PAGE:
Salmon died in storm’s aftermath, Cooke Aquaculture says
JOHN McPHEE | Published January 26, 2018
It turns out a winter storm has led to fish deaths at an aquaculture farm near Shelburne after all.
Cooke Aquaculture's Jordan Bay site in early 2018 storm. Photo Kathaleen Milan and Ron Neufeld
Cooke Aquaculture said dead salmon were being removed from the Jordan Bay site on Friday.
“Unfortunately, there have been slightly higher fish mortality due to the harsh recent storms,” the Saint John company said in a statement. “While it is common to experience mortalities a couple of weeks after a storm, the company expects those amounts to reduce rapidly. The mortality is a small percentage of the overall healthy production remaining in the pens.”
Staff have been diving and monitoring the fish since the storm in early January, the statement said.
The company has notified the Department of Fisheries and Aquaculture about the fish deaths.
“All livestock farmers encounter and manage mortalities. As per the (company’s) normal and authorized practice, mortalities are removed by trained divers and technicians, brought to shore and disposed of at an approved rendering facility.”
Cooke Aquaculture spokesman Joel Richardson said Friday evening he didn’t know exactly how many fish had died.
“I know it was slightly higher than what they had anticipated due to the severity of the winter storm,” said Richardson, Cooke’s vice-president of public relations, in an interview. “It’s quite common to experience mortality after a severe storm.”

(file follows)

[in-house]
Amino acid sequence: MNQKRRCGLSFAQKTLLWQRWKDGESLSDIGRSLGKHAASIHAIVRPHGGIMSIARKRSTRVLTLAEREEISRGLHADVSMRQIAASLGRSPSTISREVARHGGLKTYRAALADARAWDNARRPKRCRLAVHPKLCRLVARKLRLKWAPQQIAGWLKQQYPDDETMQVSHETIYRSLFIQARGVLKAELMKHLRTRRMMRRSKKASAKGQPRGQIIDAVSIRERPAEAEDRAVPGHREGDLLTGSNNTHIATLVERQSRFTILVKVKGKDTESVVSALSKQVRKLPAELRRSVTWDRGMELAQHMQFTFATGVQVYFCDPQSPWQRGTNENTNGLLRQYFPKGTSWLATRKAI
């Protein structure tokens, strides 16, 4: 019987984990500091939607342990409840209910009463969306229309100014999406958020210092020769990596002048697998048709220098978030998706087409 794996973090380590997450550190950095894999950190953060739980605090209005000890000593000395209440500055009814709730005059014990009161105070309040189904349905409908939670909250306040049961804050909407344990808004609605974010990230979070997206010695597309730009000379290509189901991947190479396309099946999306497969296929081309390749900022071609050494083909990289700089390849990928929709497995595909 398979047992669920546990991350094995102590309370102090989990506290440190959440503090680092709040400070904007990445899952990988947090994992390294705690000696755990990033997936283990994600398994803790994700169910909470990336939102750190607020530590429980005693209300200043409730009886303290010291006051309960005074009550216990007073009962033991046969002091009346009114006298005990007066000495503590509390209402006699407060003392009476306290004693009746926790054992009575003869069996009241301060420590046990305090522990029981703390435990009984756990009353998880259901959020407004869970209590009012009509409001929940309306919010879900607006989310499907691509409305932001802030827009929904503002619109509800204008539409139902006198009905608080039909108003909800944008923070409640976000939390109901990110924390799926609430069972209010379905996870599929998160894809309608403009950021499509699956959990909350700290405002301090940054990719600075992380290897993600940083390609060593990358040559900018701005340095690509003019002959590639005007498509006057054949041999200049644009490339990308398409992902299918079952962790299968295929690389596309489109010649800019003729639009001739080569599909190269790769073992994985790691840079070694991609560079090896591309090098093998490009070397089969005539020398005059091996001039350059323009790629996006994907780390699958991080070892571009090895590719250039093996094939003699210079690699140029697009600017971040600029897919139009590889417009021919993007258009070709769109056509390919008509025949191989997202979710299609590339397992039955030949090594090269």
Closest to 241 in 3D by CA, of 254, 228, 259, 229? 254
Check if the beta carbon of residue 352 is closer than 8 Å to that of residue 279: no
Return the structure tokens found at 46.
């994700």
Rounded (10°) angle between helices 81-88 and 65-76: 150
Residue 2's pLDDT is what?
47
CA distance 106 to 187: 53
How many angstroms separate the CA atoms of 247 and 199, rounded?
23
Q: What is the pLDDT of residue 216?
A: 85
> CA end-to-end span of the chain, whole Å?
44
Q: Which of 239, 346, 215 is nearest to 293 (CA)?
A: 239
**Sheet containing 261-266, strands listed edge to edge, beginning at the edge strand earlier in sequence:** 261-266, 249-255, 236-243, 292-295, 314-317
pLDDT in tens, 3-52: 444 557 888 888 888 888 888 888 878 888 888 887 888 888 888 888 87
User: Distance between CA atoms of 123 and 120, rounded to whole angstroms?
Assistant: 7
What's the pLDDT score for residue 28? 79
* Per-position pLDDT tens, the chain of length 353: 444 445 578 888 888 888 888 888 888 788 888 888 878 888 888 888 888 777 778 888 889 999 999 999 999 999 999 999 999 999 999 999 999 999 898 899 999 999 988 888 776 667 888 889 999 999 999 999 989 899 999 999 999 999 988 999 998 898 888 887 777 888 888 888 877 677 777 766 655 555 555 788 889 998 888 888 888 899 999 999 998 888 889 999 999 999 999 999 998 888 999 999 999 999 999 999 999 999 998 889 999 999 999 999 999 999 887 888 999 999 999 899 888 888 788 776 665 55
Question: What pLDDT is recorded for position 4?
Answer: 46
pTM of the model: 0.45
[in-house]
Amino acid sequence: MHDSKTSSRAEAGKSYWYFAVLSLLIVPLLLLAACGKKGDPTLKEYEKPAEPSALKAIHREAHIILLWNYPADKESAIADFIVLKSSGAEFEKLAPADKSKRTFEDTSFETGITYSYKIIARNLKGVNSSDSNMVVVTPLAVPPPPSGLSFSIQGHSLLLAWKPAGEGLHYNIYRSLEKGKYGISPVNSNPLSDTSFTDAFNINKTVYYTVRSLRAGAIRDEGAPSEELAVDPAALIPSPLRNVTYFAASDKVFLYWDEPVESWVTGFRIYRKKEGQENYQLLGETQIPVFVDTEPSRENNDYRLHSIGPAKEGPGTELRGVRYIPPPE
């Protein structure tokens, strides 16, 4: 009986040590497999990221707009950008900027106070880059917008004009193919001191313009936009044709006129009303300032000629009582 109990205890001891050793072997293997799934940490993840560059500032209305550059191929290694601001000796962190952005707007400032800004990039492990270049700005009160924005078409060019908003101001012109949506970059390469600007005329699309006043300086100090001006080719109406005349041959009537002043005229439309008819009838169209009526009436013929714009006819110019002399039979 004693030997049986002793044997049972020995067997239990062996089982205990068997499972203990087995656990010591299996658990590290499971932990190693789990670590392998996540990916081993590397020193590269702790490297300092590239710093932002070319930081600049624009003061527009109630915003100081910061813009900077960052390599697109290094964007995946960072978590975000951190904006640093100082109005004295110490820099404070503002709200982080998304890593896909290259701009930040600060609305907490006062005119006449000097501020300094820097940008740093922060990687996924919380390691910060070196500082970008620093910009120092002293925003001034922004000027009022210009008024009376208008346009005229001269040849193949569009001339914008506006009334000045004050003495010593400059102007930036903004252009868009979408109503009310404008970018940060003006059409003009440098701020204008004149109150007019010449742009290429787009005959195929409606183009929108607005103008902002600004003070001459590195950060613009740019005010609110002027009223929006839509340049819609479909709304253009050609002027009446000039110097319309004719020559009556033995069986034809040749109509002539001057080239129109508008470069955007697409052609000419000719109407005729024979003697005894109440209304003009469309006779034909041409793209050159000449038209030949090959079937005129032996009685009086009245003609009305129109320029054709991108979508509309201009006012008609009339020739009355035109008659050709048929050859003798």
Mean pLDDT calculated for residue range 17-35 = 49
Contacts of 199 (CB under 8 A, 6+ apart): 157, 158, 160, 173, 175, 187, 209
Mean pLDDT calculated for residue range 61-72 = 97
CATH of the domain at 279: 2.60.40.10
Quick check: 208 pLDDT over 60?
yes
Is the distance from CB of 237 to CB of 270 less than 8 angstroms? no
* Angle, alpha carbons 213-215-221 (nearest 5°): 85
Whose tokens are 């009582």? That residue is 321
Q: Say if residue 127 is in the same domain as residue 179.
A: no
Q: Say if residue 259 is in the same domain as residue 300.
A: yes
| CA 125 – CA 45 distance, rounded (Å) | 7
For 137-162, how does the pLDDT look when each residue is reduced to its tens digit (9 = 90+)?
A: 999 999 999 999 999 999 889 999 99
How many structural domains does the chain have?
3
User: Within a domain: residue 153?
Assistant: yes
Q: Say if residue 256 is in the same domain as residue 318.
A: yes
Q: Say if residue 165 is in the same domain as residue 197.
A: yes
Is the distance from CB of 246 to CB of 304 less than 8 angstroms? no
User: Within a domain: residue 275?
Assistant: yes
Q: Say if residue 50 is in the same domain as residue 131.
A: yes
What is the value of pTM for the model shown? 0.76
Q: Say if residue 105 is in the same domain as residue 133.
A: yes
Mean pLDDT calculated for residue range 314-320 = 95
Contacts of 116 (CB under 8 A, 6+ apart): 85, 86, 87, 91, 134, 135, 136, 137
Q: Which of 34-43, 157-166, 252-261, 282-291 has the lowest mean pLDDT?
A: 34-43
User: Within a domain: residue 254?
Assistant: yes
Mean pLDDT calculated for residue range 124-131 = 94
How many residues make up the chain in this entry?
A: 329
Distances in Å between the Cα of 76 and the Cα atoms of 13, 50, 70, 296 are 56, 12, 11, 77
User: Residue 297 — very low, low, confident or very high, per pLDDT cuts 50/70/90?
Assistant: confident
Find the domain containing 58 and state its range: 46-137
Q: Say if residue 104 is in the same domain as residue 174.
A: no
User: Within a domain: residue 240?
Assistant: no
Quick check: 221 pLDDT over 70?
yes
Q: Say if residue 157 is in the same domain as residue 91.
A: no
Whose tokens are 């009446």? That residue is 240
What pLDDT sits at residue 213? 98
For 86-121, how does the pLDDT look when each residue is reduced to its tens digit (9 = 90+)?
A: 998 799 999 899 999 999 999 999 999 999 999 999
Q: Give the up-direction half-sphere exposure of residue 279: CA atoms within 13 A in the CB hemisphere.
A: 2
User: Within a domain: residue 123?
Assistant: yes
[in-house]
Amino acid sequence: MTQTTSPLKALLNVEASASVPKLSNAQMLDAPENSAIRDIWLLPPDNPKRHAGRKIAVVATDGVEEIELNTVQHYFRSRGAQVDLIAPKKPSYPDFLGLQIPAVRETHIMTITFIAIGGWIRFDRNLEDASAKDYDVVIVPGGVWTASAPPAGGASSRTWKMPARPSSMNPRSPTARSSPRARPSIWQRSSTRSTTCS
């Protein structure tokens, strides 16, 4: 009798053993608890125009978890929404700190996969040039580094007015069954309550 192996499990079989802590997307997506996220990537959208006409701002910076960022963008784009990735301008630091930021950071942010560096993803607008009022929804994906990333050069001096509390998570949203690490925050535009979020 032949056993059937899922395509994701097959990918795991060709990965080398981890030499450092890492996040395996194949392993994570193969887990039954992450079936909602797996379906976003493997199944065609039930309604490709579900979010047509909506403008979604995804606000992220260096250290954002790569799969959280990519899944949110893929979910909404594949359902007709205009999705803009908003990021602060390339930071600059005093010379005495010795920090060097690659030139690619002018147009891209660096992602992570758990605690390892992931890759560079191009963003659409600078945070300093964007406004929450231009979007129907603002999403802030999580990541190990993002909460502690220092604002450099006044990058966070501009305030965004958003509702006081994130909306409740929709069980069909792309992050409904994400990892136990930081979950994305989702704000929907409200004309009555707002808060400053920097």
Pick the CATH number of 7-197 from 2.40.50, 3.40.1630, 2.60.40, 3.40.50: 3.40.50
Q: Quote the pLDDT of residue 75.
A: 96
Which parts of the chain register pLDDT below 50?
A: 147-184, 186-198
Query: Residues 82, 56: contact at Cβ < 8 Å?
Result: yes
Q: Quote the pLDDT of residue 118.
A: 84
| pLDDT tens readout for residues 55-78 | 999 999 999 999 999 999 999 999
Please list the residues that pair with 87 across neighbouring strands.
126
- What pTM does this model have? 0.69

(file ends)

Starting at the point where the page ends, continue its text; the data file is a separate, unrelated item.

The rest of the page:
Earlier this month, company officials said they believed no fish had been lost or killed in the storm. Richardson said that appraisal referred to salmon escaping the pens. The fish deaths announced Friday occurred in the weeks after the storm, he said.
“I guess what happens is that sometimes fish can lose scales and things in the storms, and in this case obviously some of them did not survive that storm earlier in the month.”
Richardson couldn’t provide a cost estimate for the fish loss and damage. “We have been and were on site during and following the storm and . . . our staff have been doing remedial work of the repairing of the pens,” he said. “The pen structure and the net structure itself was not compromised in the storm . . . and that has been inspected as well by the province. There were no fish escapes or compromises that way.”
There was damage to nets and stands meant to keep birds away from the fish and they have been replaced, he said.
Inspectors with Nova Scotia Environment who visited the site after the storm found no violations, a spokeswoman told The Chronicle Herald on Jan. 8.